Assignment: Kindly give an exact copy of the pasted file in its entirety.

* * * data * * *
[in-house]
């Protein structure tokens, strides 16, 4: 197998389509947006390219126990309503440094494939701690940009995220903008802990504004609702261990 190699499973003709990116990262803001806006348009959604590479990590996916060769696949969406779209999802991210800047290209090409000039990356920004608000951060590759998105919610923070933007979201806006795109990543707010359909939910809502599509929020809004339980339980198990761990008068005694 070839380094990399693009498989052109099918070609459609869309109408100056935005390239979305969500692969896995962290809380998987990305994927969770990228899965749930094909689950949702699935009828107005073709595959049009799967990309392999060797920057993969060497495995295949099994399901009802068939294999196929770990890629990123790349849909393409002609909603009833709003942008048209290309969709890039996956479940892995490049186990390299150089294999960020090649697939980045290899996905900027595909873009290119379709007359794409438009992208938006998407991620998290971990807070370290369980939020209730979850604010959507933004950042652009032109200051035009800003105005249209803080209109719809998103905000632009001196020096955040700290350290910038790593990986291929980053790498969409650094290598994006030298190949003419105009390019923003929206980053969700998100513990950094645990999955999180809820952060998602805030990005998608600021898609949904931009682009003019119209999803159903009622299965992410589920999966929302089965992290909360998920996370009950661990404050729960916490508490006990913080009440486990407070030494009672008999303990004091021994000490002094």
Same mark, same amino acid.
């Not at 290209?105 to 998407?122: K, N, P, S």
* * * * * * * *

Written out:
[in-house]
């Protein structure tokens, strides 16, 4: 197998389509947006390219126990309503440094494939701690940009995220903008802990504004609702261990 190699499973003709990116990262803001806006348009959604590479990590996916060769696949969406779209999802991210800047290209090409000039990356920004608000951060590759998105919610923070933007979201806006795109990543707010359909939910809502599509929020809004339980339980198990761990008068005694 070839380094990399693009498989052109099918070609459609869309109408100056935005390239979305969500692969896995962290809380998987990305994927969770990228899965749930094909689950949702699935009828107005073709595959049009799967990309392999060797920057993969060497495995295949099994399901009802068939294999196929770990890629990123790349849909393409002609909603009833709003942008048209290309969709890039996956479940892995490049186990390299150089294999960020090649697939980045290899996905900027595909873009290119379709007359794409438009992208938006998407991620998290971990807070370290369980939020209730979850604010959507933004950042652009032109200051035009800003105005249209803080209109719809998103905000632009001196020096955040700290350290910038790593990986291929980053790498969409650094290598994006030298190949003419105009390019923003929206980053969700998100513990950094645990999955999180809820952060998602805030990005998608600021898609949904931009682009003019119209999803159903009622299965992410589920999966929302089965992290909360998920996370009950661990404050729960916490508490006990913080009440486990407070030494009672008999303990004091021994000490002094």
Same mark, same amino acid.
């Not at 290209?105 to 998407?122: K, N, P, S």